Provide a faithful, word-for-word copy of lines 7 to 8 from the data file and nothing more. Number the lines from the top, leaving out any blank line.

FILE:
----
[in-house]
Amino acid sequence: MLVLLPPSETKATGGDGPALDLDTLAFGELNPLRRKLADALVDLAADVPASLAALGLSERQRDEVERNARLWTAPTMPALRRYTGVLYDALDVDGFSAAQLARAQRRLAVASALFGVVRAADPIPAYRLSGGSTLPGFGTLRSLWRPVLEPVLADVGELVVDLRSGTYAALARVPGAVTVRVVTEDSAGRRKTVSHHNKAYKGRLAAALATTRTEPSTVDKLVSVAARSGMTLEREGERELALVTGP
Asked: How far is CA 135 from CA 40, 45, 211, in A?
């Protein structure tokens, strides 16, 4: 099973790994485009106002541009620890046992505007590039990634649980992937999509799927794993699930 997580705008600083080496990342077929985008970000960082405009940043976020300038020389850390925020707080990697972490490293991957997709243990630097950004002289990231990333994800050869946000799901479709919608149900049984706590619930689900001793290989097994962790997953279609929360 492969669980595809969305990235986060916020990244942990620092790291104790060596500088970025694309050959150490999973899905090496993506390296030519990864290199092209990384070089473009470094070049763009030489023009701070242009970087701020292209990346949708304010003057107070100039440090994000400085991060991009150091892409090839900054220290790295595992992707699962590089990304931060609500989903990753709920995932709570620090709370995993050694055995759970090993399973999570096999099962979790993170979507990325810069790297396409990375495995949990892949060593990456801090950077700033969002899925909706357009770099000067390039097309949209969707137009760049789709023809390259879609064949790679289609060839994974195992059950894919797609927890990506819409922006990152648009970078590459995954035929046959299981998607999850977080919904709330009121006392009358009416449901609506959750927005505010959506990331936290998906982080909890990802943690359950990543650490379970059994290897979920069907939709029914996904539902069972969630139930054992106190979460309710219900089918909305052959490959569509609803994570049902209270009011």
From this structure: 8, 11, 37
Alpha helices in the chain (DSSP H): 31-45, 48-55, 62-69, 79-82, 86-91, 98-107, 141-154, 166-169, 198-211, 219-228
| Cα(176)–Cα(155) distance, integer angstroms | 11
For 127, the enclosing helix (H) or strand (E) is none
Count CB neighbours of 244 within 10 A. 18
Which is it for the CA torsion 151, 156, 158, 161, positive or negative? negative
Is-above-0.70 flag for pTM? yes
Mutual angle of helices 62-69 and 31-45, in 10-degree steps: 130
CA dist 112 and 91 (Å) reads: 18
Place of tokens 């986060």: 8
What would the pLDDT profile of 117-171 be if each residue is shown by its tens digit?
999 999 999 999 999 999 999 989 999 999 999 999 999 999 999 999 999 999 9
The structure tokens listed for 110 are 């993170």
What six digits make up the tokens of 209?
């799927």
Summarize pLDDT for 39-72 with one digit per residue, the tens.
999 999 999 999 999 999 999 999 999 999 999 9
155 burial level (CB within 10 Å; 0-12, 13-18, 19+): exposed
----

| Cα(176)–Cα(155) distance, integer angstroms | 11
For 127, the enclosing helix (H) or strand (E) is none